Interaction with the tax authorities is an essential part of business operations in Russia. Our survey results from this year and previous years show that businesses should consider it a given that they will ultimately have tax disputes with the authorities and, therefore, they should be prepared to manage them.
Almost 72% of the survey respondents reported having disputes with the tax authorities in 2008, 62% of which were taken to court. Of those cases which went to judgment, 89% were settled in the taxpayer’s favor.
The continued high success rate clearly indicates solid support of taxpayers by the court system. However, this year the percentage of respondents with tax disputes increased to almost 72%, up from 56% last year, indicating that the tax authorities are more aggressively auditing companies’ compliance with tax law. This would also seem to reflect their efforts to maintain tax revenue in a period of falling corporate earnings.
Impact on investment
Our 2009 survey shows that respondents consider that the tax regime has either a neutral or negative impact on the investment environment in Russia. This view does not seem to have been significantly affected by the reduction in corporate profit tax rate from 24% to 20% which was introduced in the legislation starting in 2009.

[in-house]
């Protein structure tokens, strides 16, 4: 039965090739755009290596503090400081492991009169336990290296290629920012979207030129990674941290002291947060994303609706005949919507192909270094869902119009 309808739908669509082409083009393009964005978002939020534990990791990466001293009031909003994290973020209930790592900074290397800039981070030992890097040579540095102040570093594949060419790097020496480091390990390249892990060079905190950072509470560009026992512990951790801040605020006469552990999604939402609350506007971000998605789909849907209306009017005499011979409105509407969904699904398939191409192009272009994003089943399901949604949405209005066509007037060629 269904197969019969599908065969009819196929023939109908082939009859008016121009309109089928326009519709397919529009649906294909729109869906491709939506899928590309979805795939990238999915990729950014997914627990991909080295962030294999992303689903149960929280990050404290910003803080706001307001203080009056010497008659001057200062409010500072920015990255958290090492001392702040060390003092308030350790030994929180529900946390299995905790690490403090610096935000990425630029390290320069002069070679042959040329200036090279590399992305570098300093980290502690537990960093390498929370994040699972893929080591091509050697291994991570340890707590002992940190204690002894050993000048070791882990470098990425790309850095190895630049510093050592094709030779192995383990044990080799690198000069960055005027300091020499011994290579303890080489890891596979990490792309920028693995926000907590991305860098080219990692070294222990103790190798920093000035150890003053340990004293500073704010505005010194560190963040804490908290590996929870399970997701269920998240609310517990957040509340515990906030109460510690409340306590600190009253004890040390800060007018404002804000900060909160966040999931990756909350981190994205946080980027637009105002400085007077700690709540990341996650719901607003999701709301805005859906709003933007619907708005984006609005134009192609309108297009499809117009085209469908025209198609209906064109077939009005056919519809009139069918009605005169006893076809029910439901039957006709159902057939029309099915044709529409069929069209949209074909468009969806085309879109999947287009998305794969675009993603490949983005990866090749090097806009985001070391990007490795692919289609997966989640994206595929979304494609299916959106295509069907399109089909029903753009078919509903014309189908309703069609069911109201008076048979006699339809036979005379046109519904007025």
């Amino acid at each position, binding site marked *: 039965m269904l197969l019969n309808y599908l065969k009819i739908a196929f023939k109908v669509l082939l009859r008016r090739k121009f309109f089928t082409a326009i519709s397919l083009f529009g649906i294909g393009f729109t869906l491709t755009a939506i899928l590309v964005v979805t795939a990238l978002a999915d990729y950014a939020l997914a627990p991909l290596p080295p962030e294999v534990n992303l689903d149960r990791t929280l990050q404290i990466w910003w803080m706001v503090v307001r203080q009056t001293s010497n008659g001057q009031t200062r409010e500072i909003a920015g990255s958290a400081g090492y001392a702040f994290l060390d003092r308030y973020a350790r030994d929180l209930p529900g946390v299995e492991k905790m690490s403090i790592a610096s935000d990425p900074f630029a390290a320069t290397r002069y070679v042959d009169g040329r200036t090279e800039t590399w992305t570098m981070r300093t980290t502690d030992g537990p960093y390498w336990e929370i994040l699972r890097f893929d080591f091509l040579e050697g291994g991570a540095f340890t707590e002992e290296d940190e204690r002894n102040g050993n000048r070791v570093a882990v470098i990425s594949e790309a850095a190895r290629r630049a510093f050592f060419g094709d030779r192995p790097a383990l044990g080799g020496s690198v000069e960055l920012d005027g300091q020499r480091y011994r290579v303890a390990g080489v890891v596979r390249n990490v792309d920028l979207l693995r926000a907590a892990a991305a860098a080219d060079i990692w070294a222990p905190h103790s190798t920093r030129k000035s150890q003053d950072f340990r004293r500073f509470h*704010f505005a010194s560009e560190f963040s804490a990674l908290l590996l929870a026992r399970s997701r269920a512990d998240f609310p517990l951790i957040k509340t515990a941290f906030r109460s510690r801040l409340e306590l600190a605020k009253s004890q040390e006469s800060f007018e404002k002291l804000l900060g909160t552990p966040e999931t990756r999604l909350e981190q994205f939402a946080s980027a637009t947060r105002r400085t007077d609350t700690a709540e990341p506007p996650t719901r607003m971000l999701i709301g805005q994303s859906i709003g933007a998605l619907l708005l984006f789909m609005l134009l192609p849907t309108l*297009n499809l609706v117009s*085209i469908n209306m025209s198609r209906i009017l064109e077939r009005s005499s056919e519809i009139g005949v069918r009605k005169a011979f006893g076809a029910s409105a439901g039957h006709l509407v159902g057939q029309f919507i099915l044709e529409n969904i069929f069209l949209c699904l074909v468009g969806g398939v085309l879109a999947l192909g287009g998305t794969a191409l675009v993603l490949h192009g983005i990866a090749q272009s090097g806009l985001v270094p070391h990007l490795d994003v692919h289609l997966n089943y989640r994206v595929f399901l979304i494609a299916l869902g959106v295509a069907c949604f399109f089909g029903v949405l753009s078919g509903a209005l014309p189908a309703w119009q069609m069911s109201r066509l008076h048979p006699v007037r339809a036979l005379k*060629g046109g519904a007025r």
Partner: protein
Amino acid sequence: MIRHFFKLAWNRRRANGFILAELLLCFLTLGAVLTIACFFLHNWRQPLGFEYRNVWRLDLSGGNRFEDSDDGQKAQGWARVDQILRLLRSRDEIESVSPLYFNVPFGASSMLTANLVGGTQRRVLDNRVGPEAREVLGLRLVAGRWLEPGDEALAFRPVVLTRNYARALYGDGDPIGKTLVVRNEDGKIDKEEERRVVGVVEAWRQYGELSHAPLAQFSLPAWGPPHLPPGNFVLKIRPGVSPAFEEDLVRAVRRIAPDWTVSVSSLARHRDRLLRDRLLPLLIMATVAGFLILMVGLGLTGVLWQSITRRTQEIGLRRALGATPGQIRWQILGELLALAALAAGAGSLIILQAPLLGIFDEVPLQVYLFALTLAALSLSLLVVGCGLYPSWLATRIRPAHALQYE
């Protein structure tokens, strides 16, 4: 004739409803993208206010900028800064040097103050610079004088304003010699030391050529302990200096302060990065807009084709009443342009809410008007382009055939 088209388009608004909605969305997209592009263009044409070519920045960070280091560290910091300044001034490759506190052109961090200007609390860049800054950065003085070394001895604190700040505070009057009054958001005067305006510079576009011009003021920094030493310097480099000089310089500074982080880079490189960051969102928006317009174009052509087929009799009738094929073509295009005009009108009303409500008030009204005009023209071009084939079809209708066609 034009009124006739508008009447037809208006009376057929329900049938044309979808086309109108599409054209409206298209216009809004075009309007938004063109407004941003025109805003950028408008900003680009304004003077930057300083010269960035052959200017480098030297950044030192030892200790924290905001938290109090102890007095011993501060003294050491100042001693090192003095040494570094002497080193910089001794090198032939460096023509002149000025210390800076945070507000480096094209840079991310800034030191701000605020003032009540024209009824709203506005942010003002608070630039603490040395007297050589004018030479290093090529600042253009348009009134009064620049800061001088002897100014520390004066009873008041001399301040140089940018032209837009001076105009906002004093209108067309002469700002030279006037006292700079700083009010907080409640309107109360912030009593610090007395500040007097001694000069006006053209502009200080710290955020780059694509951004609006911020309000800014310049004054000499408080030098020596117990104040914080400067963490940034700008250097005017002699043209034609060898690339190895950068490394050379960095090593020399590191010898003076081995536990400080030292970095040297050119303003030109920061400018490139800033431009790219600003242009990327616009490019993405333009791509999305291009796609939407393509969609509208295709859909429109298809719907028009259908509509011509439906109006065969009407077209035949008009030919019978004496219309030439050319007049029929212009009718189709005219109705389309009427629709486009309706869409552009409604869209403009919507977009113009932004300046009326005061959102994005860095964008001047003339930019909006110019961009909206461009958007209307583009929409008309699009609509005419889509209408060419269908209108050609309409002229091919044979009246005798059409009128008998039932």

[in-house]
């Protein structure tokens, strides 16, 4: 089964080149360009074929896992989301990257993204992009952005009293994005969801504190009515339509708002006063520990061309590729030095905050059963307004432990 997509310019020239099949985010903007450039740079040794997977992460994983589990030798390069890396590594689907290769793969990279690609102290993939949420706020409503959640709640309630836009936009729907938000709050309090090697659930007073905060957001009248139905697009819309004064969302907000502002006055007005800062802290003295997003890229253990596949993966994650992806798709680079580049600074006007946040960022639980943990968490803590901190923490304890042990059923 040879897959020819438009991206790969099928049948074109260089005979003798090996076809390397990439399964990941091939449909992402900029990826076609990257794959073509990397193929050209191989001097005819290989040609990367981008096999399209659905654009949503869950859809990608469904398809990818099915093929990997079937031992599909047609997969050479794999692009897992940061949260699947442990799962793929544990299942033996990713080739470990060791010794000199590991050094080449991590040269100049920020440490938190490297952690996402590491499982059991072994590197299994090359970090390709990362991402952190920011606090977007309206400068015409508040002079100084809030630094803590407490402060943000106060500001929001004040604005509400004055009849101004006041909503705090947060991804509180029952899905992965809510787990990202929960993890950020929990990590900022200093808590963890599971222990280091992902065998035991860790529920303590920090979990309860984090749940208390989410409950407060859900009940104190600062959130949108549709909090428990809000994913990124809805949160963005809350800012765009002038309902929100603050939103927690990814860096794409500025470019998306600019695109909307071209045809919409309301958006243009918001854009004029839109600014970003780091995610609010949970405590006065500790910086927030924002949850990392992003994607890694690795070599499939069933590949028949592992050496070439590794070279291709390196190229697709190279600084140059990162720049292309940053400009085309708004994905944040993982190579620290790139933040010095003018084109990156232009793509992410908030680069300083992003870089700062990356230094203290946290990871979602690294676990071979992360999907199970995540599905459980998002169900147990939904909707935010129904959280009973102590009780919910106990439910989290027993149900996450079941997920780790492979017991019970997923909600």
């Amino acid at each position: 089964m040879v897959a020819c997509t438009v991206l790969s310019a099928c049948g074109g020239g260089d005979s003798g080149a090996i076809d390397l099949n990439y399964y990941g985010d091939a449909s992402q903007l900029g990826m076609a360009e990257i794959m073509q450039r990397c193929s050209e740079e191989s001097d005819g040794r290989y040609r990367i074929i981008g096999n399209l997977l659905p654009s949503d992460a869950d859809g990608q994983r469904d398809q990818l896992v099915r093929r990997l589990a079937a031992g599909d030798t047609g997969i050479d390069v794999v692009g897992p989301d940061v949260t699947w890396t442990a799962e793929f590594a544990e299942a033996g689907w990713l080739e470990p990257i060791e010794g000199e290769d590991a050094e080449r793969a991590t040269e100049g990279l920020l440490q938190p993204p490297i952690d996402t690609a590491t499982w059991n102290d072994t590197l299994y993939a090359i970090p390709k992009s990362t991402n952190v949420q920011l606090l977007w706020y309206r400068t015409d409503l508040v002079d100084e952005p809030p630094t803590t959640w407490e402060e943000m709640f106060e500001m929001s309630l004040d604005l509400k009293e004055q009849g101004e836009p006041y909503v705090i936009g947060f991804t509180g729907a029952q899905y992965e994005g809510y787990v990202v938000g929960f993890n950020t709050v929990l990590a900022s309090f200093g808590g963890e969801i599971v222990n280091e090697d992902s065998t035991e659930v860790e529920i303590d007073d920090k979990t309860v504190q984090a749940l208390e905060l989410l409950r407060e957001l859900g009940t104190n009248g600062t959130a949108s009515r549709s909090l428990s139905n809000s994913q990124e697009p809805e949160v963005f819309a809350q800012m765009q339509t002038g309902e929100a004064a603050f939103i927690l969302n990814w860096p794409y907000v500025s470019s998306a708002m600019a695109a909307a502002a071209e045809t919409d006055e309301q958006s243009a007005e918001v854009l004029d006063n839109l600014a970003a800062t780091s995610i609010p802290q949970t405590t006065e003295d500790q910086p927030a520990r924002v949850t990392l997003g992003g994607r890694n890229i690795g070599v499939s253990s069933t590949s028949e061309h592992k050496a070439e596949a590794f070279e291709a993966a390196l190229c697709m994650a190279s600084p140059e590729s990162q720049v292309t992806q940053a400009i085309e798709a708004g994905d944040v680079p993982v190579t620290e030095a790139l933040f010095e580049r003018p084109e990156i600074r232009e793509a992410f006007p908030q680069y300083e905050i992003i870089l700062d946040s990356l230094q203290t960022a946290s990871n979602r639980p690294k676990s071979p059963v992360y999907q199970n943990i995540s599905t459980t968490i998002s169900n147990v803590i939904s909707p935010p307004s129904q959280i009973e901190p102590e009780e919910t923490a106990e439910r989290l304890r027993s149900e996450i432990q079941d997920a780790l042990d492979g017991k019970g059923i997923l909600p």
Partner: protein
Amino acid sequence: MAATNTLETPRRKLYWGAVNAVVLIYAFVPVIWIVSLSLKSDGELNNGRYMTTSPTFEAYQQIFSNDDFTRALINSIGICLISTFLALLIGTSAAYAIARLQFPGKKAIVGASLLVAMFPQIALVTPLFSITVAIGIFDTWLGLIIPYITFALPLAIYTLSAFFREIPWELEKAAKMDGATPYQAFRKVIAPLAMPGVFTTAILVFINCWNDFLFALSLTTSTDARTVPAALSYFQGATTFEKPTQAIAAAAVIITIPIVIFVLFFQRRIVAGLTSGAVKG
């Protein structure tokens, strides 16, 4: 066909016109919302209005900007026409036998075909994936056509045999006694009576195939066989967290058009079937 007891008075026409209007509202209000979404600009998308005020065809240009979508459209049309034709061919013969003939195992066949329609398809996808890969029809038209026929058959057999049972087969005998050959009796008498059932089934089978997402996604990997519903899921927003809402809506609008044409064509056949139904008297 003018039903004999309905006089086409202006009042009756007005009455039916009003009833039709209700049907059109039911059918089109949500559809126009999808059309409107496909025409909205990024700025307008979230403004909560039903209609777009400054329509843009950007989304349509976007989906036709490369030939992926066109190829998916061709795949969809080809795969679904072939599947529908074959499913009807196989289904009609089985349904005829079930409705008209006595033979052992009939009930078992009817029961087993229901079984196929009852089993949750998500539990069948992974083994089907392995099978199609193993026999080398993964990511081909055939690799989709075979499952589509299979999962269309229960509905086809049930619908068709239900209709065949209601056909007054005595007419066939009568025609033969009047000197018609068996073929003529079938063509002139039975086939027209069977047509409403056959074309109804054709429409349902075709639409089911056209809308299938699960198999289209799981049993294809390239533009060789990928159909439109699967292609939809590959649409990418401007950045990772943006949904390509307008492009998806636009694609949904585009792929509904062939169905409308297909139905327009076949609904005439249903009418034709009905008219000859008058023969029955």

Non-Russian multinational companies consider the tax regime to have a negative (52% of respondents for negative and 41% of respondents for neutral) impact on investment in Russia , while most Russiabased companies consider its impact to be neutral (52% for neutral impact and 36% for negative).
Improvements in the tax regime
One of the most important changes noted through the survey is the improvement in the VAT refund process, both in tax legislation and its practical implementation. A significant number of respondents indicated that the VAT refund period decreased significantly to three or four months, while last year it took up to twelve months to receive a VAT reimbursement.
Respondents also indicated a slight improvement in relationships with the tax authorities. This year the majority of respondents said they had either neutral or even positive relationships with the tax authorities. Additionally, respondents’ perceptions of the performance of the tax authorities continue to increase marginally in the areas of consistency, objectivity and integrity.
Further, respondents noted improvement in transfer pricing tax legislation and the application of double-tax treaties, as well as deductibility of business expenses.
The 2009 survey results showed that further improvements are required in Russian tax legislation and administration, as well as the tax authorities’ inconsistency in application of the tax law and code of ethics. Additionally, the weakest area of the Russian court system is considered to be its perceived lack of independence.
We hope that our survey will be interesting and useful for you.
Tax audits and disputes in Russia